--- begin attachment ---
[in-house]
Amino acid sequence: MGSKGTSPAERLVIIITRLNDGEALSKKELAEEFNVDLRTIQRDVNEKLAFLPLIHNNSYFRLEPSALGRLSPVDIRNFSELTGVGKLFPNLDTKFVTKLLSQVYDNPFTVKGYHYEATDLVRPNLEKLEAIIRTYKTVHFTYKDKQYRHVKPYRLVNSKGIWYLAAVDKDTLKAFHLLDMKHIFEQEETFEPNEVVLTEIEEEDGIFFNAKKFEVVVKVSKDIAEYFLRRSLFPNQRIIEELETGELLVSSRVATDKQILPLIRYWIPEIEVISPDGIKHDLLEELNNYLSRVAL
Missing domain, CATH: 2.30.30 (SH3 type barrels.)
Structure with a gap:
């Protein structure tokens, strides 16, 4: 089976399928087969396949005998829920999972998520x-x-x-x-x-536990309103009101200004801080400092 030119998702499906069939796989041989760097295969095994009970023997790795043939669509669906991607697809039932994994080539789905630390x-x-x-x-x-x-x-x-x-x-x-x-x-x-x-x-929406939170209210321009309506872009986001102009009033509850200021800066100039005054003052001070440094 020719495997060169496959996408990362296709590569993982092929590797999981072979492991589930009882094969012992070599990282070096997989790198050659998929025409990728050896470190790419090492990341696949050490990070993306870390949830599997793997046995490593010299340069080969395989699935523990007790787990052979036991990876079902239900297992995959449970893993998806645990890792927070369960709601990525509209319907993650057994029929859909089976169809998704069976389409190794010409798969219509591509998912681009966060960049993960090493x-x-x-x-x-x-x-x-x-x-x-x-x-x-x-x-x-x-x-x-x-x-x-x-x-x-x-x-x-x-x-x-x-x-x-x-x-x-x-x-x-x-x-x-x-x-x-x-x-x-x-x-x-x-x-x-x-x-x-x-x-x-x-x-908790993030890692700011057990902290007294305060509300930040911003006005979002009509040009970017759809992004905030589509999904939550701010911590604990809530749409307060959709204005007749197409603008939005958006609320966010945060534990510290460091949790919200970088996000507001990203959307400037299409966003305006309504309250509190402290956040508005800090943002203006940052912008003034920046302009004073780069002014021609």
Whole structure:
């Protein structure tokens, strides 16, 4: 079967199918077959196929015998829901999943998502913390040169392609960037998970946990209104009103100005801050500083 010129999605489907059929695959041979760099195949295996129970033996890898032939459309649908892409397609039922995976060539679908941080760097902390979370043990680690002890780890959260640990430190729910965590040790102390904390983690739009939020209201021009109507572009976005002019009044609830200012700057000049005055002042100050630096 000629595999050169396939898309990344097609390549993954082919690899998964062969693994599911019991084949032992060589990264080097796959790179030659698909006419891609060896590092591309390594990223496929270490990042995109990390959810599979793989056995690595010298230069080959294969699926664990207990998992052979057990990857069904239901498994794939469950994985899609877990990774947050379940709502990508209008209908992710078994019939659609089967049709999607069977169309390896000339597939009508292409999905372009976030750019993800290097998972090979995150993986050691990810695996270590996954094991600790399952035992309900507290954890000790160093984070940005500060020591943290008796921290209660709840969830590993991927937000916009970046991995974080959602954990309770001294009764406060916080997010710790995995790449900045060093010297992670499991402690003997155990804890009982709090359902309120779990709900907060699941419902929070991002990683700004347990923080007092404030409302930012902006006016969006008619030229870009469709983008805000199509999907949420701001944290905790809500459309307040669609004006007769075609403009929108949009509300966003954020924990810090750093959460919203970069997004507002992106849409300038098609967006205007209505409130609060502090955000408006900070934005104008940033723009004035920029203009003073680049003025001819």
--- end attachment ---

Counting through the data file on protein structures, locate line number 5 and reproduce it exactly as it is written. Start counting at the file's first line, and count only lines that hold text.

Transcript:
């Protein structure tokens, strides 16, 4: 089976399928087969396949005998829920999972998520x-x-x-x-x-536990309103009101200004801080400092 030119998702499906069939796989041989760097295969095994009970023997790795043939669509669906991607697809039932994994080539789905630390x-x-x-x-x-x-x-x-x-x-x-x-x-x-x-x-929406939170209210321009309506872009986001102009009033509850200021800066100039005054003052001070440094 020719495997060169496959996408990362296709590569993982092929590797999981072979492991589930009882094969012992070599990282070096997989790198050659998929025409990728050896470190790419090492990341696949050490990070993306870390949830599997793997046995490593010299340069080969395989699935523990007790787990052979036991990876079902239900297992995959449970893993998806645990890792927070369960709601990525509209319907993650057994029929859909089976169809998704069976389409190794010409798969219509591509998912681009966060960049993960090493x-x-x-x-x-x-x-x-x-x-x-x-x-x-x-x-x-x-x-x-x-x-x-x-x-x-x-x-x-x-x-x-x-x-x-x-x-x-x-x-x-x-x-x-x-x-x-x-x-x-x-x-x-x-x-x-x-x-x-x-x-x-x-x-908790993030890692700011057990902290007294305060509300930040911003006005979002009509040009970017759809992004905030589509999904939550701010911590604990809530749409307060959709204005007749197409603008939005958006609320966010945060534990510290460091949790919200970088996000507001990203959307400037299409966003305006309504309250509190402290956040508005800090943002203006940052912008003034920046302009004073780069002014021609």